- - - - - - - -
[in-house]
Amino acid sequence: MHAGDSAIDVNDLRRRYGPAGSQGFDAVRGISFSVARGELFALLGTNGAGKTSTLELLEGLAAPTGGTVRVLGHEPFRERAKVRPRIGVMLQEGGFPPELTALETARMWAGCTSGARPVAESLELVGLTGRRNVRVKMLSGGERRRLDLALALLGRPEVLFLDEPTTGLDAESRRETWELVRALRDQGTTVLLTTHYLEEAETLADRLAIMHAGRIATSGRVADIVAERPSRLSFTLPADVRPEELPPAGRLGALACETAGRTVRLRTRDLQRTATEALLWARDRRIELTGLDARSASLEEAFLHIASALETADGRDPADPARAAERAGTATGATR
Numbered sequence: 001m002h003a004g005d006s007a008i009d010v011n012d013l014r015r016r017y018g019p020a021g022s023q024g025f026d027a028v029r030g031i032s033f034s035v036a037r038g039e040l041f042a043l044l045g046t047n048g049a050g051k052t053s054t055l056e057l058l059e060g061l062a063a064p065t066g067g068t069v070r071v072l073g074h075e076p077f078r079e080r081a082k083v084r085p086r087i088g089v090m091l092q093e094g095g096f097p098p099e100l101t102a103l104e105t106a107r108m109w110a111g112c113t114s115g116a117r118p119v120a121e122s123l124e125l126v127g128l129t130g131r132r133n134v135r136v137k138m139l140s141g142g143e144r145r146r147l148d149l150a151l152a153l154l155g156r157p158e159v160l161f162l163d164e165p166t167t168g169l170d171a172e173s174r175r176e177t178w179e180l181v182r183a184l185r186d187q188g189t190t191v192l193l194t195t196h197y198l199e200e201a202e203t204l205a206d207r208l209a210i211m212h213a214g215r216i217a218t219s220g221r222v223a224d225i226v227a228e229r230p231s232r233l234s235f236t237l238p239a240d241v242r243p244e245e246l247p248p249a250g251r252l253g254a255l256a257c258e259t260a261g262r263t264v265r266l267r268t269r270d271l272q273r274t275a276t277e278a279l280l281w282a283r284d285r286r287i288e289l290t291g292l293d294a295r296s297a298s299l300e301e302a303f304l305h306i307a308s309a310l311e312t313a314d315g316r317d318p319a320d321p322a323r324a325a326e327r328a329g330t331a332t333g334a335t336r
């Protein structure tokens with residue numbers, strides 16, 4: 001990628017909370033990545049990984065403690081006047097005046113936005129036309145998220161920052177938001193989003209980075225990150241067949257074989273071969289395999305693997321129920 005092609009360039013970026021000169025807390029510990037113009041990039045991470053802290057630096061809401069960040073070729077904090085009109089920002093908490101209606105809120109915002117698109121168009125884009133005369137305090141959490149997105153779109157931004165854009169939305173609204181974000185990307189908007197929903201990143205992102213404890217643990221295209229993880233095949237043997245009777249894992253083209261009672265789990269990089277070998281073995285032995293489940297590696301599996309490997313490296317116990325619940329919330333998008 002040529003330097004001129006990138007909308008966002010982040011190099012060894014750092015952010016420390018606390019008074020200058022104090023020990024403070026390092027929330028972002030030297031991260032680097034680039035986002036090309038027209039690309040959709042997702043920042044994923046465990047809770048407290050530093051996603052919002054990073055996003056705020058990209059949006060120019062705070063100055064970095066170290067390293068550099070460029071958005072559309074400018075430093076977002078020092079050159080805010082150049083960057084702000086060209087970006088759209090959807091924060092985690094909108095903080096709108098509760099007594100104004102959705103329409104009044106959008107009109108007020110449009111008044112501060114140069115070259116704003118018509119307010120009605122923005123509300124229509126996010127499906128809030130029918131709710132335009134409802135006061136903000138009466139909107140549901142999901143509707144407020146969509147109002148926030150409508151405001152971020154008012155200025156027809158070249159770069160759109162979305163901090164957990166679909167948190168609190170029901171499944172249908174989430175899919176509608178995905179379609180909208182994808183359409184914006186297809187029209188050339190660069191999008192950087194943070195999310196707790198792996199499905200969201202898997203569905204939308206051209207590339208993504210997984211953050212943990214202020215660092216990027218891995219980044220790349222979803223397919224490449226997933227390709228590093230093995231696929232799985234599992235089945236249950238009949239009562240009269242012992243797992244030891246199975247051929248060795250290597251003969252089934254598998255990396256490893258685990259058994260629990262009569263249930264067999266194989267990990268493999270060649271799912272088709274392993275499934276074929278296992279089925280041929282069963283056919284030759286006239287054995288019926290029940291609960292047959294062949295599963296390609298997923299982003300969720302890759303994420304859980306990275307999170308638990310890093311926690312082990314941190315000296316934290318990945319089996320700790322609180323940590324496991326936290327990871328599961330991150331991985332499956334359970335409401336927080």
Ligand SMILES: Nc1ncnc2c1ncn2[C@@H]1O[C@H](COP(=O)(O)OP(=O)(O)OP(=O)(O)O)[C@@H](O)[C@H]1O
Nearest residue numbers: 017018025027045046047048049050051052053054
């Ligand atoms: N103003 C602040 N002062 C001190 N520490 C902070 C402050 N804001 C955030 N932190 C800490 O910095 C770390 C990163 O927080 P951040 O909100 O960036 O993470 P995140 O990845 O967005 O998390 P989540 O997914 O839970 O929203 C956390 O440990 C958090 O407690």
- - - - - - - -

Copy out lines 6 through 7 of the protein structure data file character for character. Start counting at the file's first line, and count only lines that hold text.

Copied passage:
Nearest residue numbers: 017018025027045046047048049050051052053054
């Ligand atoms: N103003 C602040 N002062 C001190 N520490 C902070 C402050 N804001 C955030 N932190 C800490 O910095 C770390 C990163 O927080 P951040 O909100 O960036 O993470 P995140 O990845 O967005 O998390 P989540 O997914 O839970 O929203 C956390 O440990 C958090 O407690």